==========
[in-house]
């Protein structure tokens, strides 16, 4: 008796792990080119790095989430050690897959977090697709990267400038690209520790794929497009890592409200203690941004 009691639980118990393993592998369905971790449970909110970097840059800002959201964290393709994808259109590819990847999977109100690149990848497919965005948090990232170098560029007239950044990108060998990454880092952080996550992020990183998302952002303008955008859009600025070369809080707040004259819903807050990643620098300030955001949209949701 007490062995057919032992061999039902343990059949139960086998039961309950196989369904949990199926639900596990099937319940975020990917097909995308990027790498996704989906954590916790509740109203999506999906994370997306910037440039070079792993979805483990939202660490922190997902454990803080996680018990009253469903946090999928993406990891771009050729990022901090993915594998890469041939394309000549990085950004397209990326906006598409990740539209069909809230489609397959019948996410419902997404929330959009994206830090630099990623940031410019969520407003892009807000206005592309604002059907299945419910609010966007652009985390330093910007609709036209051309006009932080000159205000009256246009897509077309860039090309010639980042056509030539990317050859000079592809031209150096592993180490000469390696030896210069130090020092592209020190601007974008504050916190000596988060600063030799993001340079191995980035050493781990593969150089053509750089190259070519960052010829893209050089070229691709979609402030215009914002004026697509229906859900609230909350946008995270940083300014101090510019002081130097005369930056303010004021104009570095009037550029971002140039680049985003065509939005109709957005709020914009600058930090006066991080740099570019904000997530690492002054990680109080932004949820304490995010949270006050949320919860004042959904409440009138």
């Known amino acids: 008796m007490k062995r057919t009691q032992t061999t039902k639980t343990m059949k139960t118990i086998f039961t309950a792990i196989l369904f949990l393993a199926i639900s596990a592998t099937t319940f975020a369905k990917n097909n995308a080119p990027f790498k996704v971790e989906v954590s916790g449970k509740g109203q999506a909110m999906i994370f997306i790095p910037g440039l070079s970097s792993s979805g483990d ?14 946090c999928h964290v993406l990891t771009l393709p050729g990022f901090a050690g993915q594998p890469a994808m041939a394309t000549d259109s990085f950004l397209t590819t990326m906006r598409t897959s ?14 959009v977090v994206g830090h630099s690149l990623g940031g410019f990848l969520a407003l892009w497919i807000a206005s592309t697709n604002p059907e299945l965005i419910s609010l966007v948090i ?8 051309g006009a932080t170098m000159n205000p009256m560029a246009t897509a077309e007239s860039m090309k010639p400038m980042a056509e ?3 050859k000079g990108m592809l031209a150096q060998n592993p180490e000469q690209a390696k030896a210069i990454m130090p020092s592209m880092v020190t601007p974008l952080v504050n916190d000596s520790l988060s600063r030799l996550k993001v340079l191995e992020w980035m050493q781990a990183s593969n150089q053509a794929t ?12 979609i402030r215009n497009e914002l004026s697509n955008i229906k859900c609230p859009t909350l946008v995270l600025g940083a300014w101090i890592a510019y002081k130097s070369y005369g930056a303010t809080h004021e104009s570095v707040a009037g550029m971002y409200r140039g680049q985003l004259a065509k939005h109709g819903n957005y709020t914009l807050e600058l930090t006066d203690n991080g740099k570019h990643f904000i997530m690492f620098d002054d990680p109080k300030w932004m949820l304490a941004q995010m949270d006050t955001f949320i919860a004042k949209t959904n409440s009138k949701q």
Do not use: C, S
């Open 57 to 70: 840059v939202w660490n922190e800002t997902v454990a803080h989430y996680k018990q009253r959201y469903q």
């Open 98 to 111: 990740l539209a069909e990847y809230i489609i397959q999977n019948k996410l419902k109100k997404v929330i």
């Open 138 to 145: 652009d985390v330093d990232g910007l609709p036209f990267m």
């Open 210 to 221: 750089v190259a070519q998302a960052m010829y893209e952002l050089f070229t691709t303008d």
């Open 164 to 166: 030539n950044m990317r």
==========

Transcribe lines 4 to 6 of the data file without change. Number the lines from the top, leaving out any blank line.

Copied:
Do not use: C, S
């Open 57 to 70: 840059v939202w660490n922190e800002t997902v454990a803080h989430y996680k018990q009253r959201y469903q």
């Open 98 to 111: 990740l539209a069909e990847y809230i489609i397959q999977n019948k996410l419902k109100k997404v929330i």